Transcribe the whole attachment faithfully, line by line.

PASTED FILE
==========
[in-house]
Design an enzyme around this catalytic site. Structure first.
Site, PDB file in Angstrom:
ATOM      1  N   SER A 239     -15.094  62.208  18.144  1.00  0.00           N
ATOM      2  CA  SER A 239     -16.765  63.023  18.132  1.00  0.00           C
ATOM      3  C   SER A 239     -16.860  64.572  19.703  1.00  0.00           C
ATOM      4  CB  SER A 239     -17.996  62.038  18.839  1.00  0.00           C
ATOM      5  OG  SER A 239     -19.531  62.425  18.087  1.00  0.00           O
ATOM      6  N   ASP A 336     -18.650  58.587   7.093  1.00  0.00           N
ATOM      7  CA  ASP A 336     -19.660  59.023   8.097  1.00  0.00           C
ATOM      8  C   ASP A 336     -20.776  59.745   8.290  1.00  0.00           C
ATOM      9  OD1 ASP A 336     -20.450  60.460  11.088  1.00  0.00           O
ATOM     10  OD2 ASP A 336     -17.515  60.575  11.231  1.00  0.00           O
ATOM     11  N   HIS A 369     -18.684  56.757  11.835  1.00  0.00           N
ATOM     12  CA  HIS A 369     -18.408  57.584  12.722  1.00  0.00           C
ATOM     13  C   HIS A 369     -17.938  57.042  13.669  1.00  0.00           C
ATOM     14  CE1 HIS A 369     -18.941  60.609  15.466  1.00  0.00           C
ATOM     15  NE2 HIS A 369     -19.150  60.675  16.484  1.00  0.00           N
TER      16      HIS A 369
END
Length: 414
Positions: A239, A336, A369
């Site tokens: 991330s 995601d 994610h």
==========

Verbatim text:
[in-house]
Design an enzyme around this catalytic site. Structure first.
Site, PDB file in Angstrom:
ATOM      1  N   SER A 239     -15.094  62.208  18.144  1.00  0.00           N
ATOM      2  CA  SER A 239     -16.765  63.023  18.132  1.00  0.00           C
ATOM      3  C   SER A 239     -16.860  64.572  19.703  1.00  0.00           C
ATOM      4  CB  SER A 239     -17.996  62.038  18.839  1.00  0.00           C
ATOM      5  OG  SER A 239     -19.531  62.425  18.087  1.00  0.00           O
ATOM      6  N   ASP A 336     -18.650  58.587   7.093  1.00  0.00           N
ATOM      7  CA  ASP A 336     -19.660  59.023   8.097  1.00  0.00           C
ATOM      8  C   ASP A 336     -20.776  59.745   8.290  1.00  0.00           C
ATOM      9  OD1 ASP A 336     -20.450  60.460  11.088  1.00  0.00           O
ATOM     10  OD2 ASP A 336     -17.515  60.575  11.231  1.00  0.00           O
ATOM     11  N   HIS A 369     -18.684  56.757  11.835  1.00  0.00           N
ATOM     12  CA  HIS A 369     -18.408  57.584  12.722  1.00  0.00           C
ATOM     13  C   HIS A 369     -17.938  57.042  13.669  1.00  0.00           C
ATOM     14  CE1 HIS A 369     -18.941  60.609  15.466  1.00  0.00           C
ATOM     15  NE2 HIS A 369     -19.150  60.675  16.484  1.00  0.00           N
TER      16      HIS A 369
END
Length: 414
Positions: A239, A336, A369
């Site tokens: 991330s 995601d 994610h």